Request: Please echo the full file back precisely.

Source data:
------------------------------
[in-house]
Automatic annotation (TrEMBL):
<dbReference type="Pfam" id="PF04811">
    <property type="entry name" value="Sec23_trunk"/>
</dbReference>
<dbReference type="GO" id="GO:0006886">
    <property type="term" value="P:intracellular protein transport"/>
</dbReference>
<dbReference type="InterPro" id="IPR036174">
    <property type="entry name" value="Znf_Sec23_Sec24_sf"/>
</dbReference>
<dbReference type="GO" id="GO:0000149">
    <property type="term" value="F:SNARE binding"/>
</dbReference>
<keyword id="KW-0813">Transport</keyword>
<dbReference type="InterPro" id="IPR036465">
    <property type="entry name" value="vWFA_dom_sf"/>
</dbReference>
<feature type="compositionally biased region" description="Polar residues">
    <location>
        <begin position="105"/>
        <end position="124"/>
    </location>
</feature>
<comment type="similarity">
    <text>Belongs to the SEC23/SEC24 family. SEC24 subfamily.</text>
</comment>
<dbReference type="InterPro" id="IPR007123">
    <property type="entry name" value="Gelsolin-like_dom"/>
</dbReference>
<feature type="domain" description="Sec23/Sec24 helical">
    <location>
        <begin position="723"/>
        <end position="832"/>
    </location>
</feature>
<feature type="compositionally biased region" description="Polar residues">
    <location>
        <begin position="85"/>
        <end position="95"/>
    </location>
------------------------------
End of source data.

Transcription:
[in-house]
Automatic annotation (TrEMBL):
<dbReference type="Pfam" id="PF04811">
    <property type="entry name" value="Sec23_trunk"/>
</dbReference>
<dbReference type="GO" id="GO:0006886">
    <property type="term" value="P:intracellular protein transport"/>
</dbReference>
<dbReference type="InterPro" id="IPR036174">
    <property type="entry name" value="Znf_Sec23_Sec24_sf"/>
</dbReference>
<dbReference type="GO" id="GO:0000149">
    <property type="term" value="F:SNARE binding"/>
</dbReference>
<keyword id="KW-0813">Transport</keyword>
<dbReference type="InterPro" id="IPR036465">
    <property type="entry name" value="vWFA_dom_sf"/>
</dbReference>
<feature type="compositionally biased region" description="Polar residues">
    <location>
        <begin position="105"/>
        <end position="124"/>
    </location>
</feature>
<comment type="similarity">
    <text>Belongs to the SEC23/SEC24 family. SEC24 subfamily.</text>
</comment>
<dbReference type="InterPro" id="IPR007123">
    <property type="entry name" value="Gelsolin-like_dom"/>
</dbReference>
<feature type="domain" description="Sec23/Sec24 helical">
    <location>
        <begin position="723"/>
        <end position="832"/>
    </location>
</feature>
<feature type="compositionally biased region" description="Polar residues">
    <location>
        <begin position="85"/>
        <end position="95"/>
    </location>